xargs --no-run-if-empty git branch --delete --force
}
delete-branches.bash(download)

Note that we also pipe the output of git branch through cut -c 3-, which removes the first two characters from every line. If you look at the output of git branch, you’ll see that every branch except the current one is prefixed by two spaces. If we would not remove them with cut, the preview command would be executed as git log '  branch-name' --, which causes git to complain because of the leading whitespace. (An alternative would be to use git log {..} -- as a preview command, which will strip the whitespace from the selected line.)

Here is an example where we delete the same three branches as above, but we get more information while we do so.

A fzf flow to delete branches, showing the branches in the selection window and the output of git log in the preview window.
Deleting branches with fzf — improved version

Checking out pull requests locally

For code reviews, I often find it helpful to check out the code under review. The GitHub CLI makes this easy: if you execute gh pr checkout <pr-number> in a git repository, it will check out the pull request with number <pr-number> to a local branch. But where do we get <pr-number> from? In my workflow, I would

This works well for one or two-digit numbers, but even for three-digit numbers I sometimes have to switch back to the browser to make sure that I remembered the number correctly.

In my last blog post I already described how to query the GitHub API with gh; we can use this here to get <pr-number> automatically. Specifically, we can get the open pull requests from the GitHub API with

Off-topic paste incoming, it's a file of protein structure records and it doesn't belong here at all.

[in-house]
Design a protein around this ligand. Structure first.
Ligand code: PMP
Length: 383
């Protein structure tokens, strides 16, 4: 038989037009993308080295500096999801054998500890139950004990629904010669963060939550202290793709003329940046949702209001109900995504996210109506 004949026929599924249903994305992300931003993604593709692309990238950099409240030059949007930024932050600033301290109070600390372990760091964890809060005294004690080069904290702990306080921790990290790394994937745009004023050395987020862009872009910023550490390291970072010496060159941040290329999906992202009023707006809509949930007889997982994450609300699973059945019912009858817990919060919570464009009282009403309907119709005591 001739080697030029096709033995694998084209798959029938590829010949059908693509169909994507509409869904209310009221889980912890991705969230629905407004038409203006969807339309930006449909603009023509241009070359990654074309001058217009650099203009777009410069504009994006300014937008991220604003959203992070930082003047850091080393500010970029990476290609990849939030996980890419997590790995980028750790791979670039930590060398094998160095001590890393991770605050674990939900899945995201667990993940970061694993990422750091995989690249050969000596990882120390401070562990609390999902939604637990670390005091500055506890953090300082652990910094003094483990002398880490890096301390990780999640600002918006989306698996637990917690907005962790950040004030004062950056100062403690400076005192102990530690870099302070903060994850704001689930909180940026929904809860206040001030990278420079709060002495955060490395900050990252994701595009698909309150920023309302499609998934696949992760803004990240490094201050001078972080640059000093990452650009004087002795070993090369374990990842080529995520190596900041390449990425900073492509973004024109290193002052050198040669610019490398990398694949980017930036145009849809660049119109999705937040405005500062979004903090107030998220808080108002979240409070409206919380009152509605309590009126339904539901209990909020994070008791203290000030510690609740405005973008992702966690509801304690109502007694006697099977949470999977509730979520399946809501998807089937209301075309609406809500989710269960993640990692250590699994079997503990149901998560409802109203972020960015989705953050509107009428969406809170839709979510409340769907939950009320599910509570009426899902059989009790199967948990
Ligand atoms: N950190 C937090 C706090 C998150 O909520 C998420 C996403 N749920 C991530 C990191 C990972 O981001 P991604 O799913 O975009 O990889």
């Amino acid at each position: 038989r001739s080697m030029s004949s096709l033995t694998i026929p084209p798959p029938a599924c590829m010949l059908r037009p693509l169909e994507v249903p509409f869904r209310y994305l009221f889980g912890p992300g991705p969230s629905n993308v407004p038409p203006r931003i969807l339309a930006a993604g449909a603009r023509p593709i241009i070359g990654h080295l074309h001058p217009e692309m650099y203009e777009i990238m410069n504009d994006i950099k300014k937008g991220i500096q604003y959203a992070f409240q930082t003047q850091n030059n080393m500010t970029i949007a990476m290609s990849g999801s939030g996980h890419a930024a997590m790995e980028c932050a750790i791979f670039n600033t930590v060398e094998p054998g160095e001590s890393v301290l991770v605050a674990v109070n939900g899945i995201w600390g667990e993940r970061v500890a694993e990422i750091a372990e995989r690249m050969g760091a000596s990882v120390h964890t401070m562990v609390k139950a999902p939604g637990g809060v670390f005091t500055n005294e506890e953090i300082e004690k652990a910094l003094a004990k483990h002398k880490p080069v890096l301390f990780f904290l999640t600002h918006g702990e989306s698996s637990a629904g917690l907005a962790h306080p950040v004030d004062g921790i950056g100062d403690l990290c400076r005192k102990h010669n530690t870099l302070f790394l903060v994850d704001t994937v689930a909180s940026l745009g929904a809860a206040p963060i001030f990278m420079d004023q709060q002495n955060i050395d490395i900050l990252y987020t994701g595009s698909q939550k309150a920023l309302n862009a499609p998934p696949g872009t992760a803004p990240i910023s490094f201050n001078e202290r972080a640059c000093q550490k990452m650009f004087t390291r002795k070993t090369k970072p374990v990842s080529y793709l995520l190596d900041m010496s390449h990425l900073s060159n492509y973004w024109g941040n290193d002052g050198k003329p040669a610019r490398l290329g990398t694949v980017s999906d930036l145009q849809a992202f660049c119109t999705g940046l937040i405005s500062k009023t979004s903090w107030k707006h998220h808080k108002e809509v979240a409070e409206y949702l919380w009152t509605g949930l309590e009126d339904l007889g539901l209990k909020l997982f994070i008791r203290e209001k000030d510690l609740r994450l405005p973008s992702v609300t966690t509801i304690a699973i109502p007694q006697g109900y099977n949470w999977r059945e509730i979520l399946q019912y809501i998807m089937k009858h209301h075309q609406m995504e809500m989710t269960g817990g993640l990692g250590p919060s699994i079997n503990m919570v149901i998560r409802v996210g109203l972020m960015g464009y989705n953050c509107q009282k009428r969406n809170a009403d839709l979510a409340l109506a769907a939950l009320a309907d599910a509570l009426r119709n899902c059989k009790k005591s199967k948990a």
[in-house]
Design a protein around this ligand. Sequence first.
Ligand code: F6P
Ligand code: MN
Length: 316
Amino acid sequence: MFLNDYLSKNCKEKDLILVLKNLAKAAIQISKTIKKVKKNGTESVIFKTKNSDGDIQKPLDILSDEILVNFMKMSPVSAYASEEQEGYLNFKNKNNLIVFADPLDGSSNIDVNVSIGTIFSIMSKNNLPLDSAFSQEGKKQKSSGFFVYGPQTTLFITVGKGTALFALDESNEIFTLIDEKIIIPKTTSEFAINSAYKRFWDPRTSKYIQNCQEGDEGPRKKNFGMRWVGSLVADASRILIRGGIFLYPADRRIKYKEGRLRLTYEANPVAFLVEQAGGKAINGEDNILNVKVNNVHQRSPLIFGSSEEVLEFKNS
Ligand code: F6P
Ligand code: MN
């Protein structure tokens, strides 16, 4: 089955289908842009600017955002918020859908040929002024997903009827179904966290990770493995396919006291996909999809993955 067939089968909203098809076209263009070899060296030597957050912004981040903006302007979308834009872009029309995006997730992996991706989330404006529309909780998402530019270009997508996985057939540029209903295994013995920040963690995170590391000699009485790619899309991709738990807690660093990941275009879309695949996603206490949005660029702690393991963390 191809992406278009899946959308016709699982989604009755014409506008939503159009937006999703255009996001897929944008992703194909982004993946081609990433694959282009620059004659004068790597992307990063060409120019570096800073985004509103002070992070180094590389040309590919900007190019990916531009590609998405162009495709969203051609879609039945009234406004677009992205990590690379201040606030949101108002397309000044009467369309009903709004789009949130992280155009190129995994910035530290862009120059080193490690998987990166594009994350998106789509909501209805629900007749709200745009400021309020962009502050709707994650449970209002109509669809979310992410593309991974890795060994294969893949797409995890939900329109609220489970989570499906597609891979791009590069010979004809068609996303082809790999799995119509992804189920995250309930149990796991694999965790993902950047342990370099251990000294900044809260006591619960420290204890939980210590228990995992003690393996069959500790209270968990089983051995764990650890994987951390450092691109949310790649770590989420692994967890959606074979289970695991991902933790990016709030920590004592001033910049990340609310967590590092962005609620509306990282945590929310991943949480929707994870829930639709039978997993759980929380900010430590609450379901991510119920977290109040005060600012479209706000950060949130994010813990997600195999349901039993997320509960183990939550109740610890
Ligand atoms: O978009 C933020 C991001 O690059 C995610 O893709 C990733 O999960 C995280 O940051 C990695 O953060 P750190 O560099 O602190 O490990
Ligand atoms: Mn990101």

gh api 'repos/:owner/:repo/pulls'

It returns an array of JSON objects, one for each pull request. We need to convert this array of JSON objects to a format that fzf can interpret: a separate row for every pull request. If we think about the data that we need, the first thing is the pull request number that we want to pass to gh checkout. We also need some way to identify the pull request that we are interested, and the title is the most obvious candidate. We can use jq’s string interpolation to extract this information into a JSON string.

gh api 'repos/:owner/:repo/pulls' |
    jq --raw-output '.[] | "#\(.number) - \(.title)"'

(The --raw-output string evaluates the JSON string; without it, every row would be surrounded by quote characters.) For example, if I execute this in a directory with a checkout of https://github.com/junegunn/fzf, it outputs

#2368 - ansi: speed up parsing by roughly 7.5x
#2349 - Vim plugin fix for Cygwin 3.1.7 and above
#2348 - [completion] Default behaviour to use fd if present else use find.
#2302 - Leading double-quote for exact match + case sensitive search
#2197 - Action accept-1 to accept a single match
#2183 - Fix quality issues
#2172 - Draft: Introduce --print-selected-count
#2131 - #2130 allow sudo -E env fzf completion
#2112 - Add arglist support to fzf.vim
#2107 - Add instructions on command for installing fzf with Guix and/or Guix System
#2077 - Use fzf-redraw-prompt in history widget
#2004 - Milis Linux support
#1964 - Use tmux shell-command
#1900 - Prompt generally signals that the shell is ready
#1867 - add {r}aw flag to disable quoting in templates
#1802 - [zsh completion] Expand aliases recursively
#1705 - Option to select line index of input feed and to output cursor line index
#1667 - $(...) calls should be quoted: \"$(...)\"